LIVESTOCK-Live cattle climb to new six-month peak on rising cash market


Karl Plume / Reuters   

November 4, 2019 / 4:41 PM


CHICAGO, Nov 4 (Reuters) - U.S. live cattle futures scaled a six-month high on Monday, propelled by firming cash cattle and beef prices and strong packer margins, analysts said.


Chicago Mercantile Exchange (CME) December live cattle settled up 0.550 cent at 120.075 cents per pound, its highest level since April 25. February futures gained 0.375 cent to 124.600 cents per pound.


“We’ve got nothing but great news regarding cash cattle trade. Last week’s average price was $112 (per cwt), up $2, and futures are implying we’ll be up to $119 by December,” said Rich Nelson, chief strategist with Allendale Inc.


“Packers have some very, very strong processing margins so they can actually pay up if they needed to,” he said.


The U.S. Department of Agriculture (USDA) reported the choice boxed beef cutout value on Monday at $234.81 per cwt, up $1.61 from late Friday and up $6.91 from a week earlier. Select cuts were up $2.87 at $210.38 per cwt, $9.62 above week-ago levels.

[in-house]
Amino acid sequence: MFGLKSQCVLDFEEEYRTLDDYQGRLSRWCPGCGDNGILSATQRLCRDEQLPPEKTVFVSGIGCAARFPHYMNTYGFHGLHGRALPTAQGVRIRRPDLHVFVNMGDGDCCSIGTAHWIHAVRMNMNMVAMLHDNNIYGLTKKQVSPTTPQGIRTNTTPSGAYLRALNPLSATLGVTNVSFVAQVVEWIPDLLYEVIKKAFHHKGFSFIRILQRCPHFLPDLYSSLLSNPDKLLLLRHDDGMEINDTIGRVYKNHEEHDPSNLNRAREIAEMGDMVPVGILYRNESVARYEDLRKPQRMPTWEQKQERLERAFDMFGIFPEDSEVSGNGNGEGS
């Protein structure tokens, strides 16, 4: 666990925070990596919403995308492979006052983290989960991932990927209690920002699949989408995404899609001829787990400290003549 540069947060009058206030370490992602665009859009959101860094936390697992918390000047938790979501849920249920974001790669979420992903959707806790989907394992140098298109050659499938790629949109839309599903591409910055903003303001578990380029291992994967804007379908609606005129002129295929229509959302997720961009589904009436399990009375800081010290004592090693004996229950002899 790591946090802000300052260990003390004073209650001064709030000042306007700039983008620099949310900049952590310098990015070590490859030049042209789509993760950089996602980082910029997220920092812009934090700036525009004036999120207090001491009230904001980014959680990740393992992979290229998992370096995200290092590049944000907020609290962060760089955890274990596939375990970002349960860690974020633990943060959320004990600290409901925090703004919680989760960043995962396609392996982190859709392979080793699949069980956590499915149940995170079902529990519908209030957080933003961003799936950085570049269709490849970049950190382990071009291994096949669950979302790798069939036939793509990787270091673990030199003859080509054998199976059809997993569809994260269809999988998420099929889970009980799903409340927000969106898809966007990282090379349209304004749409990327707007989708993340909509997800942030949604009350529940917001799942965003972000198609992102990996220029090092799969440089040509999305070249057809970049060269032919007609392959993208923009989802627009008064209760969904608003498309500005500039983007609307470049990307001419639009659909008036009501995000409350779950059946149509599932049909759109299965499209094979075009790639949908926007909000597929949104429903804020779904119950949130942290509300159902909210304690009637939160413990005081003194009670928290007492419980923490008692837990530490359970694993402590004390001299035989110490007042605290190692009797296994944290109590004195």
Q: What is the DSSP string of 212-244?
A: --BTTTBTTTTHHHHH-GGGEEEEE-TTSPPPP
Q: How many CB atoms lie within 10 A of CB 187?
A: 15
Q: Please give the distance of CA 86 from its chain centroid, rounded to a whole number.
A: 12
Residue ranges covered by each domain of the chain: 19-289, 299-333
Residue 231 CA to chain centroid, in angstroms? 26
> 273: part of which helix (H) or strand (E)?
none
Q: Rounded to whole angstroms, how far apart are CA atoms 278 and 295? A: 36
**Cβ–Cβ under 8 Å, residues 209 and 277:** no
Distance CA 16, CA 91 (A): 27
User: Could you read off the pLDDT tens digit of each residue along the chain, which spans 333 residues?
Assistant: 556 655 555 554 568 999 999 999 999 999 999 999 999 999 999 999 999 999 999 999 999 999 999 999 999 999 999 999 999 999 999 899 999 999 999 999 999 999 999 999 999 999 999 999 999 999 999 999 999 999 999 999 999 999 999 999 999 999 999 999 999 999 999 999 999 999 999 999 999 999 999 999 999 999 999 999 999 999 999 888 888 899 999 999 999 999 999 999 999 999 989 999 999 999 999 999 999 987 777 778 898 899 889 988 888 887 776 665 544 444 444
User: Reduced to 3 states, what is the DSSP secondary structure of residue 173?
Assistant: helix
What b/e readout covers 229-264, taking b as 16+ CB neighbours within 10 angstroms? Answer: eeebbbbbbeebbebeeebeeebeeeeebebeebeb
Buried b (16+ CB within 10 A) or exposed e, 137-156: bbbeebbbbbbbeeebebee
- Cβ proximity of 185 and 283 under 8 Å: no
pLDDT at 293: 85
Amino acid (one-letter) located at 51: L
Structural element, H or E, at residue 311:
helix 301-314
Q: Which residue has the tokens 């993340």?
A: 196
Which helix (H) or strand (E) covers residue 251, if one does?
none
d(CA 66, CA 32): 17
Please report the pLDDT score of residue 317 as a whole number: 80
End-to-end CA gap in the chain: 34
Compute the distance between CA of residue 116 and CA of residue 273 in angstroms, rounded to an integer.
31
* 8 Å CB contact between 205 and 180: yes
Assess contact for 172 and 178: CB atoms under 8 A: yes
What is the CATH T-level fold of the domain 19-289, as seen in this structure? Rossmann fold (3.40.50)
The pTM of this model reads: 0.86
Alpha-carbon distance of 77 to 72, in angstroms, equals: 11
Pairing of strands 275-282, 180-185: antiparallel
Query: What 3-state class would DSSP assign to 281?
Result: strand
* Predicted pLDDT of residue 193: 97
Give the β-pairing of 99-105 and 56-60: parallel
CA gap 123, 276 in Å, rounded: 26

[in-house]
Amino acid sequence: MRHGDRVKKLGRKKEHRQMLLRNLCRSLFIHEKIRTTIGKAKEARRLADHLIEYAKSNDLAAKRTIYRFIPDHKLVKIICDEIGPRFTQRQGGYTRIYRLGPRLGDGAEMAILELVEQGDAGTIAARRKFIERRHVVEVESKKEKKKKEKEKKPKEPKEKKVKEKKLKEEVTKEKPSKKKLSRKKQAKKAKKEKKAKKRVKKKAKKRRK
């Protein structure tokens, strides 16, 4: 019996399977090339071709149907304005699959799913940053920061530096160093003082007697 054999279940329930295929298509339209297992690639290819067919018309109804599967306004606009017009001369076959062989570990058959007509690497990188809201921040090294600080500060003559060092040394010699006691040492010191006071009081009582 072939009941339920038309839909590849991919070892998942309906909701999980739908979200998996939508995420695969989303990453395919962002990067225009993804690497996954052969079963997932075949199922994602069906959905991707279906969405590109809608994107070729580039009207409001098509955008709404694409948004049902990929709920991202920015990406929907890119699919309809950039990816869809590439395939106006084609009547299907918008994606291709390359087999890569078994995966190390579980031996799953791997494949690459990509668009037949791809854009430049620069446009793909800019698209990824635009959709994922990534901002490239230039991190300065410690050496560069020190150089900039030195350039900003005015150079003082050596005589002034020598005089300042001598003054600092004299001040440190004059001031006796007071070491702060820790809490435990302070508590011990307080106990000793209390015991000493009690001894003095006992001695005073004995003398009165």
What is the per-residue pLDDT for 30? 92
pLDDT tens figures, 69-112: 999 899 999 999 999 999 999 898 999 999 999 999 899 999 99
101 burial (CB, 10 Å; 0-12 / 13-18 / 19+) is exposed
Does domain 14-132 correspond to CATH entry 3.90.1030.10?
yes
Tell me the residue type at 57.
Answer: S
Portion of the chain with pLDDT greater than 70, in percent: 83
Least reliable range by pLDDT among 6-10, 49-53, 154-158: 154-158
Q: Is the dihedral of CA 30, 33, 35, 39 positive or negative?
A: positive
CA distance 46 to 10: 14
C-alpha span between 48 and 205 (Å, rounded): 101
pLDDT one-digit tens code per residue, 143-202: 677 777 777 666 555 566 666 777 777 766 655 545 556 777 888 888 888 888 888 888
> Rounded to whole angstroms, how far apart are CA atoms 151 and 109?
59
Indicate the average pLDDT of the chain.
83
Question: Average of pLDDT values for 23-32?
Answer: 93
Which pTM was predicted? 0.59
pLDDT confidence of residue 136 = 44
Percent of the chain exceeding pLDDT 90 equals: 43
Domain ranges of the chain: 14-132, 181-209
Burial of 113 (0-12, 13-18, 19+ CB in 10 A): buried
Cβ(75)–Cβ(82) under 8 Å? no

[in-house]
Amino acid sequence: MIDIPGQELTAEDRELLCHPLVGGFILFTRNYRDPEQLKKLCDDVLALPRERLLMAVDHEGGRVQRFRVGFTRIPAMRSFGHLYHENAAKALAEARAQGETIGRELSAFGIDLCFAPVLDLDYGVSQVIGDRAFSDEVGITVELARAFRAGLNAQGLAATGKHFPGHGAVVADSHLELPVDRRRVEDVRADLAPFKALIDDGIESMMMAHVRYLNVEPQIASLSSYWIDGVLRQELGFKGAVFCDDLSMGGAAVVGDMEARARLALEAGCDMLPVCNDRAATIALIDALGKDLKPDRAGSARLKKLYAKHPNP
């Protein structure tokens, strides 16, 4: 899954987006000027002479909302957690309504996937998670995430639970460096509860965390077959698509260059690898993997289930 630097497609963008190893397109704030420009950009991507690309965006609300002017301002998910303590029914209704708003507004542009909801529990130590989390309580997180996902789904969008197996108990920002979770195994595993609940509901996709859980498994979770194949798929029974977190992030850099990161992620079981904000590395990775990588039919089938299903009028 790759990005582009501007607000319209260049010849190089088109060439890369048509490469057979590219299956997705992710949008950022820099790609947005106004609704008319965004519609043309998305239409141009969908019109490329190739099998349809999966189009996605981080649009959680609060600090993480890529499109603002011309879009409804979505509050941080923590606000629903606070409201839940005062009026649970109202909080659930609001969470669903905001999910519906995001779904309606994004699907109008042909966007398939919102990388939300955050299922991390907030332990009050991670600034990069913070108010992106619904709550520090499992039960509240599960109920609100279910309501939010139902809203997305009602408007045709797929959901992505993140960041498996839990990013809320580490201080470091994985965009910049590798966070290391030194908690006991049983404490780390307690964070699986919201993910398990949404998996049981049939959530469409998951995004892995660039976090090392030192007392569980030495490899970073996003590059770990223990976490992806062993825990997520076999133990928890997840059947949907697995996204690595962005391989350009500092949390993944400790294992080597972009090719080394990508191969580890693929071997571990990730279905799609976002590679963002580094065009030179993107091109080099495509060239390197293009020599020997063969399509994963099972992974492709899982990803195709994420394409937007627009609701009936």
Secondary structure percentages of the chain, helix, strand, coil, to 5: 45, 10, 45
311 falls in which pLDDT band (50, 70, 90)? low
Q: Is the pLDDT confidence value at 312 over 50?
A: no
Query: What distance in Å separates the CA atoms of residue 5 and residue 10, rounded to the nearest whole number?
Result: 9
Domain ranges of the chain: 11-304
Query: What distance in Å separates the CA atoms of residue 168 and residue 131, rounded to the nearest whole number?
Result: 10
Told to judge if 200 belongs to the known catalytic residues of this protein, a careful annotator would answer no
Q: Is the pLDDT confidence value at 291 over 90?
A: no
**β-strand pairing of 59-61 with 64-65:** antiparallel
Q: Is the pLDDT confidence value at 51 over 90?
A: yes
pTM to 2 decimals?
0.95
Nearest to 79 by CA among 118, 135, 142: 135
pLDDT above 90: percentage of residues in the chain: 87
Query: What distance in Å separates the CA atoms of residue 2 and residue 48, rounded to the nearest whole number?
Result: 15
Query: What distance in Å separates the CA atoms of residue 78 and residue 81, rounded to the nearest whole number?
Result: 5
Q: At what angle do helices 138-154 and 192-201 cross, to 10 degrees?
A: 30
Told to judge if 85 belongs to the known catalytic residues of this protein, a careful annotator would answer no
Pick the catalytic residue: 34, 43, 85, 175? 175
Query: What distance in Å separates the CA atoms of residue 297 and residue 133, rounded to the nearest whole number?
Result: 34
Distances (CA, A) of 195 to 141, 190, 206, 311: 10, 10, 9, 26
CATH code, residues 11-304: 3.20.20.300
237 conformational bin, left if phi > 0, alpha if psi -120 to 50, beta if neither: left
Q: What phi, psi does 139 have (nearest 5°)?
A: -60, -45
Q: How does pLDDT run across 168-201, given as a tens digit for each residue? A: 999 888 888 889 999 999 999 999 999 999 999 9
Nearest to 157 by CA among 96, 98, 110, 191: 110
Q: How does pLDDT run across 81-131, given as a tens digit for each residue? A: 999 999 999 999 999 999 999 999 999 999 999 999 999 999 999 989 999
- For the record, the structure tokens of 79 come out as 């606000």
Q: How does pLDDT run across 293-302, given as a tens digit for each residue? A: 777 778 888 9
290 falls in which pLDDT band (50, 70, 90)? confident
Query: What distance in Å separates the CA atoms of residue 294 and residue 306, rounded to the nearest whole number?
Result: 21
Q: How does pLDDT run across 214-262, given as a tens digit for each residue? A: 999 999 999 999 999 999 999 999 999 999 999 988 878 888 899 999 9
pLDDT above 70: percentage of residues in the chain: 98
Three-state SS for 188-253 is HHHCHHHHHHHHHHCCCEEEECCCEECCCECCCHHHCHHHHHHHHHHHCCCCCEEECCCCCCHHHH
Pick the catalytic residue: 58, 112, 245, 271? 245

U.S. beef packers were earning an estimated $326.25 per head of cattle, up from $286.25 a week ago, according to Denver-based livestock marketing advisory service LLC.


Feeder cattle were mixed on Monday as technical selling in the wake of last week’s steep rally partly offset support from higher live cattle futures and weaker corn prices.


CME January feeder cattle futures, the most-active contract, ended at 146.000 cents per pound, unchanged from Friday’s close, which was the highest since early May. Other contract months settled 0.050 lower to 1.075 higher.


Lean hog futures closed mostly lower, pressured by ample supplies of hogs and worries that an anticipated U.S.-China trade deal may not come soon enough to absorb the excess supply of U.S. pork.


Livestock traders are watching for any progress in U.S.-China trade talks after recent meetings have generated promises for large purchases of U.S. farm products.


Pork export sales to China, according to USDA data, have fallen short of expectations...